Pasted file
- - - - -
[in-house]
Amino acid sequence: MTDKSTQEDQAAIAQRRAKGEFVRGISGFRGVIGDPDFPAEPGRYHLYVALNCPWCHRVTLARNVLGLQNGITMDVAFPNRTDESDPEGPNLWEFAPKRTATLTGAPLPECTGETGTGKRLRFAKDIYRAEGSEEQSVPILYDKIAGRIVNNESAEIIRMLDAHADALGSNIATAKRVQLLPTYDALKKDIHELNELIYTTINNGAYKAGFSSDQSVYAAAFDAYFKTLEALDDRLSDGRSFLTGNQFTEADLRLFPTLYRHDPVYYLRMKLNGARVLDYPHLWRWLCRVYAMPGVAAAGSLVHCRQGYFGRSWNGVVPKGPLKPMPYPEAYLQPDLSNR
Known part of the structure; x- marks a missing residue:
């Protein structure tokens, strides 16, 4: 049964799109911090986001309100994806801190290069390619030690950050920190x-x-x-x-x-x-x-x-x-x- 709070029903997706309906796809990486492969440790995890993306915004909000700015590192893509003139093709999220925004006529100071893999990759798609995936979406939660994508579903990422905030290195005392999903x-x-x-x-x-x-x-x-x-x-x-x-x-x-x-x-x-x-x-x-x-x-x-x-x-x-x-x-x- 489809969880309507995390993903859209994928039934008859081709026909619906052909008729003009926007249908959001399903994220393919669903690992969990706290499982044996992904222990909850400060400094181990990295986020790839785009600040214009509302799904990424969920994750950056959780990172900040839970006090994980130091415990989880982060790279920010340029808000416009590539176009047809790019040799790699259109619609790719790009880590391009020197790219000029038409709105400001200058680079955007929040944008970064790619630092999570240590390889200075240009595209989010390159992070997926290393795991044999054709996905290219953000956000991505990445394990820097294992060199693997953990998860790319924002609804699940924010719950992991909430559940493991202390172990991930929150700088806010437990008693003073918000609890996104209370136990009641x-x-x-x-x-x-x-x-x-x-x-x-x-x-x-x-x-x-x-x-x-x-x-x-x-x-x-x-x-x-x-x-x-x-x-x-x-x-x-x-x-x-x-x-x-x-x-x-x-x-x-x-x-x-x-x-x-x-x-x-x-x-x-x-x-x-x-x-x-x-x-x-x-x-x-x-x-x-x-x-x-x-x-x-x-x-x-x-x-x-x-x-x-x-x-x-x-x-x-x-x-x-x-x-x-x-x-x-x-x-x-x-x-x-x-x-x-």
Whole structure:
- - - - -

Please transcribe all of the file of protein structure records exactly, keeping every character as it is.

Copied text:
[in-house]
Amino acid sequence: MTDKSTQEDQAAIAQRRAKGEFVRGISGFRGVIGDPDFPAEPGRYHLYVALNCPWCHRVTLARNVLGLQNGITMDVAFPNRTDESDPEGPNLWEFAPKRTATLTGAPLPECTGETGTGKRLRFAKDIYRAEGSEEQSVPILYDKIAGRIVNNESAEIIRMLDAHADALGSNIATAKRVQLLPTYDALKKDIHELNELIYTTINNGAYKAGFSSDQSVYAAAFDAYFKTLEALDDRLSDGRSFLTGNQFTEADLRLFPTLYRHDPVYYLRMKLNGARVLDYPHLWRWLCRVYAMPGVAAAGSLVHCRQGYFGRSWNGVVPKGPLKPMPYPEAYLQPDLSNR
Known part of the structure; x- marks a missing residue:
């Protein structure tokens, strides 16, 4: 049964799109911090986001309100994806801190290069390619030690950050920190x-x-x-x-x-x-x-x-x-x- 709070029903997706309906796809990486492969440790995890993306915004909000700015590192893509003139093709999220925004006529100071893999990759798609995936979406939660994508579903990422905030290195005392999903x-x-x-x-x-x-x-x-x-x-x-x-x-x-x-x-x-x-x-x-x-x-x-x-x-x-x-x-x- 489809969880309507995390993903859209994928039934008859081709026909619906052909008729003009926007249908959001399903994220393919669903690992969990706290499982044996992904222990909850400060400094181990990295986020790839785009600040214009509302799904990424969920994750950056959780990172900040839970006090994980130091415990989880982060790279920010340029808000416009590539176009047809790019040799790699259109619609790719790009880590391009020197790219000029038409709105400001200058680079955007929040944008970064790619630092999570240590390889200075240009595209989010390159992070997926290393795991044999054709996905290219953000956000991505990445394990820097294992060199693997953990998860790319924002609804699940924010719950992991909430559940493991202390172990991930929150700088806010437990008693003073918000609890996104209370136990009641x-x-x-x-x-x-x-x-x-x-x-x-x-x-x-x-x-x-x-x-x-x-x-x-x-x-x-x-x-x-x-x-x-x-x-x-x-x-x-x-x-x-x-x-x-x-x-x-x-x-x-x-x-x-x-x-x-x-x-x-x-x-x-x-x-x-x-x-x-x-x-x-x-x-x-x-x-x-x-x-x-x-x-x-x-x-x-x-x-x-x-x-x-x-x-x-x-x-x-x-x-x-x-x-x-x-x-x-x-x-x-x-x-x-x-x-x-």
Whole structure: